It’s kind of a big deal

BY 30 HOUR FAMINE TEAM

Matt Williams, Assistant to the Rector, Youth Ministries, St. John’s Episcopal Church, Charlotte, North Carolina

0e507287_mattwilliamsIt’s kind of a big deal.

The 30 Hour Famine is a big deal for the youth group at St. John’s.  We have done the Famine for fourteen consecutive years now.  It is not “an event” for our youth…it is part of the fabric of who we are as a youth group.  The Famine is so big at our church that younger siblings plead to be able to join in every year because they “want to help hungry people too.”  (And they want to sleep out in the cardboard village.)  The Famine is so big at our church that our high school students demanded we do a 40 Hour Famine, because “that is what they do in Australia, and we can’t let them be more dedicated than we are.”  The Famine is kind of a big deal for us.

That is why a one-minute conversation I had at the end of our last Famine made such an impact on me.

We had just broken our 30 Hour/40 Hour fast, and teens were rapidly devouring all of the food in sight.  Our overall fundraising total had been announced, our top fundraisers recognized, and our volunteers had been thanked.  The laughter was abundant and the celebration underway.  In the midst of this a high school student named Mary approached me looking a little dejected.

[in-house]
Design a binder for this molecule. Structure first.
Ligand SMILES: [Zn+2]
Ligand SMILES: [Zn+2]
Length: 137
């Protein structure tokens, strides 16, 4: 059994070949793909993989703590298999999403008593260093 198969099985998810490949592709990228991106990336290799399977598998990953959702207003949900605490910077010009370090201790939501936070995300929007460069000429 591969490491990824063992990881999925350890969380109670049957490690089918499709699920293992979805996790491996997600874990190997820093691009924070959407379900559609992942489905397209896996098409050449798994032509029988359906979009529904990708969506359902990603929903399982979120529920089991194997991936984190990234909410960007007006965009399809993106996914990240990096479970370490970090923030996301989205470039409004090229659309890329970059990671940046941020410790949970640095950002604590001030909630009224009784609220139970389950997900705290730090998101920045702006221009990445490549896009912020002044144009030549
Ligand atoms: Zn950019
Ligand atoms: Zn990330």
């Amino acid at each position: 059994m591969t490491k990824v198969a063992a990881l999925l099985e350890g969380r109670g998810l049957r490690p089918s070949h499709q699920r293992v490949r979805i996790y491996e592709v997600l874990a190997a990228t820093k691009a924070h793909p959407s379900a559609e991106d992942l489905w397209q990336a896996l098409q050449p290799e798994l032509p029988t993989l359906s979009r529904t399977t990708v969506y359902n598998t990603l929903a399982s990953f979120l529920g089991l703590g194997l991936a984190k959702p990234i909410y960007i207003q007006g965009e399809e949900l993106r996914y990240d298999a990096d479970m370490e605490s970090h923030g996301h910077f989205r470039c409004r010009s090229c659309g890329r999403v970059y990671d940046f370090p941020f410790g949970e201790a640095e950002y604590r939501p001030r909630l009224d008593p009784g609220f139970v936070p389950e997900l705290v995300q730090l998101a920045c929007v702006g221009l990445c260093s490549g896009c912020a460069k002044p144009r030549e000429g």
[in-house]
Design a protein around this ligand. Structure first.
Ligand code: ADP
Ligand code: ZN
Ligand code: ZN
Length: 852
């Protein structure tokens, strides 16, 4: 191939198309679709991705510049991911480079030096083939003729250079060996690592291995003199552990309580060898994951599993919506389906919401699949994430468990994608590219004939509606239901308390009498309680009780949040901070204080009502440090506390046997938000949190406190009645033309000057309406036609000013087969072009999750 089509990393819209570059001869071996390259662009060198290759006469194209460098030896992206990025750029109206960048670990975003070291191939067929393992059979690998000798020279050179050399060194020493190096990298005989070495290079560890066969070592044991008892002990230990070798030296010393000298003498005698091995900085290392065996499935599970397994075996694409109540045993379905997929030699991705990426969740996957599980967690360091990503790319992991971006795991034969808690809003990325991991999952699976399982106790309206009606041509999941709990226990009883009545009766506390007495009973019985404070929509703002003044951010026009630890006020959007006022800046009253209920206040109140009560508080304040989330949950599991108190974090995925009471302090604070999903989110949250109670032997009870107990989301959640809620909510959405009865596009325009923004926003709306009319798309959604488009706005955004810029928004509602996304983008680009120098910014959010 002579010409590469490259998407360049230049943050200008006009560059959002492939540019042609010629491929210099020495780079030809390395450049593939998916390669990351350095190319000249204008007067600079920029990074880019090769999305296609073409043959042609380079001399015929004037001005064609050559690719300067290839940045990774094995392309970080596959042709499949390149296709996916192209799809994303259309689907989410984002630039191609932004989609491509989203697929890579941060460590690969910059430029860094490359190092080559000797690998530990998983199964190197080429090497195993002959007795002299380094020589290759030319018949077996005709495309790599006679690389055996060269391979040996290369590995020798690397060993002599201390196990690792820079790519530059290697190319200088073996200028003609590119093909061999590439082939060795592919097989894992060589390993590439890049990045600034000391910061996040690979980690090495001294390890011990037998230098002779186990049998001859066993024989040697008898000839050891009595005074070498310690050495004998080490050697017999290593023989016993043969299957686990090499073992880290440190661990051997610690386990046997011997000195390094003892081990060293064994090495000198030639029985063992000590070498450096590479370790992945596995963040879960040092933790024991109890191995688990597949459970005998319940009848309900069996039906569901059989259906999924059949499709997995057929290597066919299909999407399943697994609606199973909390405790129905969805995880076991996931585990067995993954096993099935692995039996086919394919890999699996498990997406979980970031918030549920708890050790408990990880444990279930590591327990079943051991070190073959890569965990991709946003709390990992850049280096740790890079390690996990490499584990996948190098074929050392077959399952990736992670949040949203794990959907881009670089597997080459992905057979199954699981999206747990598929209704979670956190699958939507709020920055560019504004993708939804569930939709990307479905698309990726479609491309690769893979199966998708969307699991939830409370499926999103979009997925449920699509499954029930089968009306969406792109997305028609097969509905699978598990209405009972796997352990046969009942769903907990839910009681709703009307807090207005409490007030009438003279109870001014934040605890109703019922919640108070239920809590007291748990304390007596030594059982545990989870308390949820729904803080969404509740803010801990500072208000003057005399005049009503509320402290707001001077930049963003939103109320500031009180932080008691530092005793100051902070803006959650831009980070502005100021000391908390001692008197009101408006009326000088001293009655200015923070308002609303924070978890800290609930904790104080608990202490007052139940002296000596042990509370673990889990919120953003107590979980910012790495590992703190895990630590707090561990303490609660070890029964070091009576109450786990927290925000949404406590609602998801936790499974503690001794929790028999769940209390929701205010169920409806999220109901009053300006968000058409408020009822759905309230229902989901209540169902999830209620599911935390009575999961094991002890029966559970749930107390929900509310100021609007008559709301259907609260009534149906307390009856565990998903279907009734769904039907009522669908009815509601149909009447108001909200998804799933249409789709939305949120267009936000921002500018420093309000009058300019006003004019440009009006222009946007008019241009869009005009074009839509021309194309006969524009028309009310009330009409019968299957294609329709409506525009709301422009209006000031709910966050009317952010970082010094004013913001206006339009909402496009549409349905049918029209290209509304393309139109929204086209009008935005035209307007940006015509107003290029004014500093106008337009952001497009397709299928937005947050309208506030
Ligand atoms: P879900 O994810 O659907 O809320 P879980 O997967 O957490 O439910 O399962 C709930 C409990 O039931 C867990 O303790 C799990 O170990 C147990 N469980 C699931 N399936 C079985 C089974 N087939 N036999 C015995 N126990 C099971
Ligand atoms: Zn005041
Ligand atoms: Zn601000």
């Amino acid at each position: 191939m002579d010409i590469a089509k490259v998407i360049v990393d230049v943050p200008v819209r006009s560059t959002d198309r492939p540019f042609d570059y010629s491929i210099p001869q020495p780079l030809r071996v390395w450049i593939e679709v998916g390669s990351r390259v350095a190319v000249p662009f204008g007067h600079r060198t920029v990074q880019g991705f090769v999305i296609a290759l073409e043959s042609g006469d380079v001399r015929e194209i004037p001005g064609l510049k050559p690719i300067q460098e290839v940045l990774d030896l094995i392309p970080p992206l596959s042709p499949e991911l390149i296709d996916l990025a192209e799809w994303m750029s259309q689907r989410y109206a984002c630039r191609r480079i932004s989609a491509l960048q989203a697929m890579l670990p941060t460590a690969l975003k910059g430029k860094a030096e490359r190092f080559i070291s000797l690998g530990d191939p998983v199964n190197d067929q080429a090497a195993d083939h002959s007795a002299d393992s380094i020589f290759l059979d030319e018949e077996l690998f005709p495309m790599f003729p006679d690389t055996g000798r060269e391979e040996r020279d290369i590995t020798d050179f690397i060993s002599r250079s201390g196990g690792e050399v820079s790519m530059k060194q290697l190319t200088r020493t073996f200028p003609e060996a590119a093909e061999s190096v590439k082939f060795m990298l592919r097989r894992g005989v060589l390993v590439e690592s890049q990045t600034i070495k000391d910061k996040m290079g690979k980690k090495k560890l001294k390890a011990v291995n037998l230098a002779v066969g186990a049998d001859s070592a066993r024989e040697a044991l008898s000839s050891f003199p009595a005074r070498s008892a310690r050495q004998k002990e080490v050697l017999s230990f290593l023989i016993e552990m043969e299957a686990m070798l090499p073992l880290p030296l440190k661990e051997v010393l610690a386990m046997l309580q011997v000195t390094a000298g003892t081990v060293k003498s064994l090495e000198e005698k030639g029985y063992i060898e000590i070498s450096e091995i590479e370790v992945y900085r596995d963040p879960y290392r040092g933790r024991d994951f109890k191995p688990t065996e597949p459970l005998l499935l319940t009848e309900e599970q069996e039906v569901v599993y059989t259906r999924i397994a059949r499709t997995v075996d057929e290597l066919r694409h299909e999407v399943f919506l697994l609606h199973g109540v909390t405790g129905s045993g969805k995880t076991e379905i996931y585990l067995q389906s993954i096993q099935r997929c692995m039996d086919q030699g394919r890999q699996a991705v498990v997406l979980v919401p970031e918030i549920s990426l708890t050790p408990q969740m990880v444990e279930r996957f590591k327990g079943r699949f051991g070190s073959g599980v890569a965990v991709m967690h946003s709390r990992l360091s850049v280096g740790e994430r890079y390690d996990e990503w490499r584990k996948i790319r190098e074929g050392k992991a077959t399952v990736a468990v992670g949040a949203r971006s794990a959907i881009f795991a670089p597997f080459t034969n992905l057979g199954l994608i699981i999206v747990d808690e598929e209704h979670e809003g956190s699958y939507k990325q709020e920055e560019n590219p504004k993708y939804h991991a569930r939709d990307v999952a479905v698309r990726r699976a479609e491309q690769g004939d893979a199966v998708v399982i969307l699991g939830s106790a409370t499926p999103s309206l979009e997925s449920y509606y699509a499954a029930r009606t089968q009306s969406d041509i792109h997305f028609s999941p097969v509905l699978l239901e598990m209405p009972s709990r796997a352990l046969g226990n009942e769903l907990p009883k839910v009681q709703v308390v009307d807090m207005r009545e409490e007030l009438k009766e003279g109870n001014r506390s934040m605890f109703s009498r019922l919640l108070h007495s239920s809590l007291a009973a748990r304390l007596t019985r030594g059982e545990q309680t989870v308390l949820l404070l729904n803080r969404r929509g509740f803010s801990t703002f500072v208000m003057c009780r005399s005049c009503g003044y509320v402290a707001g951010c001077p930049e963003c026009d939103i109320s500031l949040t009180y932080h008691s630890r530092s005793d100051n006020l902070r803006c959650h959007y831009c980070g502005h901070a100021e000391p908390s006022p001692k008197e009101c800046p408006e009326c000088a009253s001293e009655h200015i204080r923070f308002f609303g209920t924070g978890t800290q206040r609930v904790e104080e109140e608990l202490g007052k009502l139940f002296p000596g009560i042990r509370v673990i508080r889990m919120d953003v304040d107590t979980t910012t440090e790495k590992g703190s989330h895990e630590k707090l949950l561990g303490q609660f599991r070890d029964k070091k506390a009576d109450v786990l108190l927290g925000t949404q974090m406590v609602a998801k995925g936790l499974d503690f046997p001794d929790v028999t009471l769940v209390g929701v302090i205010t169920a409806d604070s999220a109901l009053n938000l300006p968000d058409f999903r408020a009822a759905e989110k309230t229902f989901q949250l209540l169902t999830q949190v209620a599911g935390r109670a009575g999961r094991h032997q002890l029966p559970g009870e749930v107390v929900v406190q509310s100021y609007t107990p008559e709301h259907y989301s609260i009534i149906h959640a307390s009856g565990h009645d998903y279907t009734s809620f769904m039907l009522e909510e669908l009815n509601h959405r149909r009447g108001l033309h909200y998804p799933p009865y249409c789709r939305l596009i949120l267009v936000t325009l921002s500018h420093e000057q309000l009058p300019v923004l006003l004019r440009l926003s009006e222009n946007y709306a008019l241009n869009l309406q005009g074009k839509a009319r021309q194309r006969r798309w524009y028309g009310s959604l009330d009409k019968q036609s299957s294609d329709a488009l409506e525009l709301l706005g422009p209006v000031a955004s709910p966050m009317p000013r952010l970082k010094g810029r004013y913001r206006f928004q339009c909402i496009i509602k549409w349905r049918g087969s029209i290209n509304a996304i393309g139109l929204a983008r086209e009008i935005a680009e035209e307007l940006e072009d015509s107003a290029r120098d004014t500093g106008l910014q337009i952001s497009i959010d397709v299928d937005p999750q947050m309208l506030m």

Matt, I have another check for the Famine that I just got.

That’s great Mary! We will add it to the total.”

“Okay.  It is only $100 though.”

It stopped me dead in my tracks.  “Only $100?”  For a few heartbeats I was stunned that Mary thought her $100 donation was not important.  How could this be?  Is it because she was a friend of one of the youth group regulars that wanted to join us?  Or was it because we had just recognized our “top ten”, and she felt her donation was insignificant?  Why would one of my Famine kids think that way?

As she handed the check over I asked her a simple question.  “Mary, what will this $100 do?”  Now it was her turn to look confused.  I reminded her that “only $100” would provide the food, water, medicine, and more to a hungry child for more than three months.  I reminded her that “only $100” was more than enough to save a life.  And I reminded her that her donation was monumentally important to those that have so little.

Mary broke into a big smile, said thanks, and went back to her friends.  And I walked away with a clear reminder for myself: whether you raise $100 or $10,000, whether you have 4 youth do the Famine or 400, everything we do to helps hungry children.

It’s kind of a big deal.